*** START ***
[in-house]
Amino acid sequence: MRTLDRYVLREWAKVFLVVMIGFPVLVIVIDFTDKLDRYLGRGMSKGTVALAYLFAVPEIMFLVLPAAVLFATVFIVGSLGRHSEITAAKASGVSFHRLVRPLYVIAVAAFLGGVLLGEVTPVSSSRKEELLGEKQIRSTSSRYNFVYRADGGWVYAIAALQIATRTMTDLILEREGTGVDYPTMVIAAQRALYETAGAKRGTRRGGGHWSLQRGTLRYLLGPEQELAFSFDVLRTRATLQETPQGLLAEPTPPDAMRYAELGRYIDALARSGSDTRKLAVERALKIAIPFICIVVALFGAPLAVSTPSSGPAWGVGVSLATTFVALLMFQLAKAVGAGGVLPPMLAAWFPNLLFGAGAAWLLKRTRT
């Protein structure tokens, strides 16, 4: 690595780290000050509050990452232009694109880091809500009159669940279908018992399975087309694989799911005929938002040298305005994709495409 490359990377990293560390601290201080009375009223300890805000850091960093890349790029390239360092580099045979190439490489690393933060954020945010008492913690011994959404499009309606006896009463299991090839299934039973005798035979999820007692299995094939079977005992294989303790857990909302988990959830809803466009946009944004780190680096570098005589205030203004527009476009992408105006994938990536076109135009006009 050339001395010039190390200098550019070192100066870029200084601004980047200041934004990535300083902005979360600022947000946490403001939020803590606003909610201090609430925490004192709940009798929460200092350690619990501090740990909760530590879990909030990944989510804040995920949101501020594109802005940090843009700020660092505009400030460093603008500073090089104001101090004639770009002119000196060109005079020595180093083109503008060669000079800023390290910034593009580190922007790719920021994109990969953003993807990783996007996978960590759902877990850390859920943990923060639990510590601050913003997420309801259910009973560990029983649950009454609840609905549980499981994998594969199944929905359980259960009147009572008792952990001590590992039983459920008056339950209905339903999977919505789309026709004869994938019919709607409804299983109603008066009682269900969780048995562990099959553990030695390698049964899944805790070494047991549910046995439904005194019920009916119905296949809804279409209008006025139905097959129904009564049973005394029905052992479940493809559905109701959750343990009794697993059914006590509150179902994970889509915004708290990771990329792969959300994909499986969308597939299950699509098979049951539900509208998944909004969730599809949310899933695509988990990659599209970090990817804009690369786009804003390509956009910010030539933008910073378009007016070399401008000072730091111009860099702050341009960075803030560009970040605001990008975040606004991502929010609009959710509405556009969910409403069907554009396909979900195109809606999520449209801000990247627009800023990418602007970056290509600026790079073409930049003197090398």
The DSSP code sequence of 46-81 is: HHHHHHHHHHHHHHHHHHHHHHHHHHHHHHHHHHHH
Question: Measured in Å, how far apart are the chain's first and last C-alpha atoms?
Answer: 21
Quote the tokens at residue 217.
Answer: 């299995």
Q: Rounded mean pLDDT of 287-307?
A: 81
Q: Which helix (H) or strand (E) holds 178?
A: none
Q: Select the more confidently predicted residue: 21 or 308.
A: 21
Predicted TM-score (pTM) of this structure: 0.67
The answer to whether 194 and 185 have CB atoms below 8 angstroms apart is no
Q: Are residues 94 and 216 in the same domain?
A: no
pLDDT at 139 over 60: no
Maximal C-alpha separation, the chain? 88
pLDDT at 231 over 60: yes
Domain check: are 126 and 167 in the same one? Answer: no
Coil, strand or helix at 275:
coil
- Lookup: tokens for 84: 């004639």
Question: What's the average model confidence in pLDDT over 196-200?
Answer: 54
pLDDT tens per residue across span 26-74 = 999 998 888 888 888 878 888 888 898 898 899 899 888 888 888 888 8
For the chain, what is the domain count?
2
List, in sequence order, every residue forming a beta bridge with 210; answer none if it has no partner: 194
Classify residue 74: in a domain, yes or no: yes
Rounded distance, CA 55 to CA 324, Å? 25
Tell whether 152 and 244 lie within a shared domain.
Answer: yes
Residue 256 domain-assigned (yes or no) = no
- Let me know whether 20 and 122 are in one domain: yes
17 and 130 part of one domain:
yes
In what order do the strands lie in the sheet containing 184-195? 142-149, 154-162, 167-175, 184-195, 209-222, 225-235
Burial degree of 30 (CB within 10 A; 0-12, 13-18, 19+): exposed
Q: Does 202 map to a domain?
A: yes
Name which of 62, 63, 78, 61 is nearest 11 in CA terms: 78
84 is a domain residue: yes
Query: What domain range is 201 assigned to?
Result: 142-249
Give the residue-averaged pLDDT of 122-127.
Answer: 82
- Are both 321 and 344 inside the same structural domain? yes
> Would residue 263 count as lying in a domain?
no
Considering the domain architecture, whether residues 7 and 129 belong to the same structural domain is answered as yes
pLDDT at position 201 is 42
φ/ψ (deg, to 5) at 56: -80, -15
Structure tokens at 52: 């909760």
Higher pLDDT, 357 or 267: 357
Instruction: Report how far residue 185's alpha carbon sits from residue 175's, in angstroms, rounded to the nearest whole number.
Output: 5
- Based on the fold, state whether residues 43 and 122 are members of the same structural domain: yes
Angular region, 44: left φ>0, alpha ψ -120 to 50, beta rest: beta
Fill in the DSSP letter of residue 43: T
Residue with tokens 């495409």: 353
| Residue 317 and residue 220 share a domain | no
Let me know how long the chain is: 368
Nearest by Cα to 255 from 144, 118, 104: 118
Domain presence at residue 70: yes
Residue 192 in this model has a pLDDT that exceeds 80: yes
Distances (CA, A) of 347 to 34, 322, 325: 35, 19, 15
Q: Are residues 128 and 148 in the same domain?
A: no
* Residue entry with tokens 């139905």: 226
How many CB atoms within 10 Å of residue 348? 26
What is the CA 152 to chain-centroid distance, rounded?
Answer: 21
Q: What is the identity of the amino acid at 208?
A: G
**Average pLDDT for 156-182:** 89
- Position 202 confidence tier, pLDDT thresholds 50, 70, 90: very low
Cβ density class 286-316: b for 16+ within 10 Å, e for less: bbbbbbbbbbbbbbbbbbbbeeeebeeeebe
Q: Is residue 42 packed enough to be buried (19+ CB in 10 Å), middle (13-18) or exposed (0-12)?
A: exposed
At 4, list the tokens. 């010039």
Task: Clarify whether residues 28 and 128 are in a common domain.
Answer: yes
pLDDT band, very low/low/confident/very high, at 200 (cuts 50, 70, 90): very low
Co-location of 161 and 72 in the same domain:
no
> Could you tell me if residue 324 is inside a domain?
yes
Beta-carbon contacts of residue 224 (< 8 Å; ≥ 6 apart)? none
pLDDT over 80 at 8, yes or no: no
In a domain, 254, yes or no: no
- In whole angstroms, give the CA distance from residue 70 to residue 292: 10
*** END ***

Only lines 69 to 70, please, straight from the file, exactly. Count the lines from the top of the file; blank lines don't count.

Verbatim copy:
Distances (CA, A) of 347 to 34, 322, 325: 35, 19, 15
Q: Are residues 128 and 148 in the same domain?